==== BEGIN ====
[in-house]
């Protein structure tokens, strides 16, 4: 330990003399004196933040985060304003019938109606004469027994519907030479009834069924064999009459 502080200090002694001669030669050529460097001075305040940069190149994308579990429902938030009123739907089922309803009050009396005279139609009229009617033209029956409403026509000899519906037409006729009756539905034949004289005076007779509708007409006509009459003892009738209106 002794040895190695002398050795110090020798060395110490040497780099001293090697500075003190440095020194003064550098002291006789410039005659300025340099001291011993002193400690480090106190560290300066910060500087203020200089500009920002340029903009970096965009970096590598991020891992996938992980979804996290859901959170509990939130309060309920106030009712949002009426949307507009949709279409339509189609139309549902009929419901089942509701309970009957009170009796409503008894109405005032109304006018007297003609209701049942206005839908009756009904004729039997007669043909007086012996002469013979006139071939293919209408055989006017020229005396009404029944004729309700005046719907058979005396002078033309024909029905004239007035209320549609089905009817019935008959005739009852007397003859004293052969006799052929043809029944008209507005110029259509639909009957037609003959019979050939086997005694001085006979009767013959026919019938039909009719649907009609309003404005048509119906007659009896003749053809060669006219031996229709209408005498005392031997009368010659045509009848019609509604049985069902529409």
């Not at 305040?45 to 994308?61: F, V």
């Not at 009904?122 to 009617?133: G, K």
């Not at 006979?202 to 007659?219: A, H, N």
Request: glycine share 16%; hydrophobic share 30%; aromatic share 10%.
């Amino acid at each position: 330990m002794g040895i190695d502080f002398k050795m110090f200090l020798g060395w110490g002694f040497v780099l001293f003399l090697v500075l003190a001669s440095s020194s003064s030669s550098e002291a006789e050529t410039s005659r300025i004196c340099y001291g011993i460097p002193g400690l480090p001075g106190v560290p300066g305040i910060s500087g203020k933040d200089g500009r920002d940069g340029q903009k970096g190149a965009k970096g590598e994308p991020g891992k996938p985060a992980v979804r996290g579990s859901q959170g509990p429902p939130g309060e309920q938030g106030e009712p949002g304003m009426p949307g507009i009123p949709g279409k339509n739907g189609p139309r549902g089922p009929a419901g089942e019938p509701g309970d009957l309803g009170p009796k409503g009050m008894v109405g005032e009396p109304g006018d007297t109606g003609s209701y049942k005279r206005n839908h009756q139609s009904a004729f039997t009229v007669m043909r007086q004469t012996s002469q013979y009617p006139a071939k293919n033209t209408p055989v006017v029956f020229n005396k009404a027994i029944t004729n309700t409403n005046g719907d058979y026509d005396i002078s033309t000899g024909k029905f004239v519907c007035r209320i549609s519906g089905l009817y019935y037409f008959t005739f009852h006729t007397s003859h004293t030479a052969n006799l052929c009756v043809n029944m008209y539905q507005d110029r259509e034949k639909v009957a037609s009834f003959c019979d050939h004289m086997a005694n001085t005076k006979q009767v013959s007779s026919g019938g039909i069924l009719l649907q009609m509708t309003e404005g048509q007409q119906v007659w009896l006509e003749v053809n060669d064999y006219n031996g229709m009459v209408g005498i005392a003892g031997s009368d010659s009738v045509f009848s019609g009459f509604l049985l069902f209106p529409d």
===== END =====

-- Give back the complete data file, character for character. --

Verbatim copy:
[in-house]
């Protein structure tokens, strides 16, 4: 330990003399004196933040985060304003019938109606004469027994519907030479009834069924064999009459 502080200090002694001669030669050529460097001075305040940069190149994308579990429902938030009123739907089922309803009050009396005279139609009229009617033209029956409403026509000899519906037409006729009756539905034949004289005076007779509708007409006509009459003892009738209106 002794040895190695002398050795110090020798060395110490040497780099001293090697500075003190440095020194003064550098002291006789410039005659300025340099001291011993002193400690480090106190560290300066910060500087203020200089500009920002340029903009970096965009970096590598991020891992996938992980979804996290859901959170509990939130309060309920106030009712949002009426949307507009949709279409339509189609139309549902009929419901089942509701309970009957009170009796409503008894109405005032109304006018007297003609209701049942206005839908009756009904004729039997007669043909007086012996002469013979006139071939293919209408055989006017020229005396009404029944004729309700005046719907058979005396002078033309024909029905004239007035209320549609089905009817019935008959005739009852007397003859004293052969006799052929043809029944008209507005110029259509639909009957037609003959019979050939086997005694001085006979009767013959026919019938039909009719649907009609309003404005048509119906007659009896003749053809060669006219031996229709209408005498005392031997009368010659045509009848019609509604049985069902529409």
């Not at 305040?45 to 994308?61: F, V």
């Not at 009904?122 to 009617?133: G, K």
């Not at 006979?202 to 007659?219: A, H, N």
Request: glycine share 16%; hydrophobic share 30%; aromatic share 10%.
């Amino acid at each position: 330990m002794g040895i190695d502080f002398k050795m110090f200090l020798g060395w110490g002694f040497v780099l001293f003399l090697v500075l003190a001669s440095s020194s003064s030669s550098e002291a006789e050529t410039s005659r300025i004196c340099y001291g011993i460097p002193g400690l480090p001075g106190v560290p300066g305040i910060s500087g203020k933040d200089g500009r920002d940069g340029q903009k970096g190149a965009k970096g590598e994308p991020g891992k996938p985060a992980v979804r996290g579990s859901q959170g509990p429902p939130g309060e309920q938030g106030e009712p949002g304003m009426p949307g507009i009123p949709g279409k339509n739907g189609p139309r549902g089922p009929a419901g089942e019938p509701g309970d009957l309803g009170p009796k409503g009050m008894v109405g005032e009396p109304g006018d007297t109606g003609s209701y049942k005279r206005n839908h009756q139609s009904a004729f039997t009229v007669m043909r007086q004469t012996s002469q013979y009617p006139a071939k293919n033209t209408p055989v006017v029956f020229n005396k009404a027994i029944t004729n309700t409403n005046g719907d058979y026509d005396i002078s033309t000899g024909k029905f004239v519907c007035r209320i549609s519906g089905l009817y019935y037409f008959t005739f009852h006729t007397s003859h004293t030479a052969n006799l052929c009756v043809n029944m008209y539905q507005d110029r259509e034949k639909v009957a037609s009834f003959c019979d050939h004289m086997a005694n001085t005076k006979q009767v013959s007779s026919g019938g039909i069924l009719l649907q009609m509708t309003e404005g048509q007409q119906v007659w009896l006509e003749v053809n060669d064999y006219n031996g229709m009459v209408g005498i005392a003892g031997s009368d010659s009738v045509f009848s019609g009459f509604l049985l069902f209106p529409d």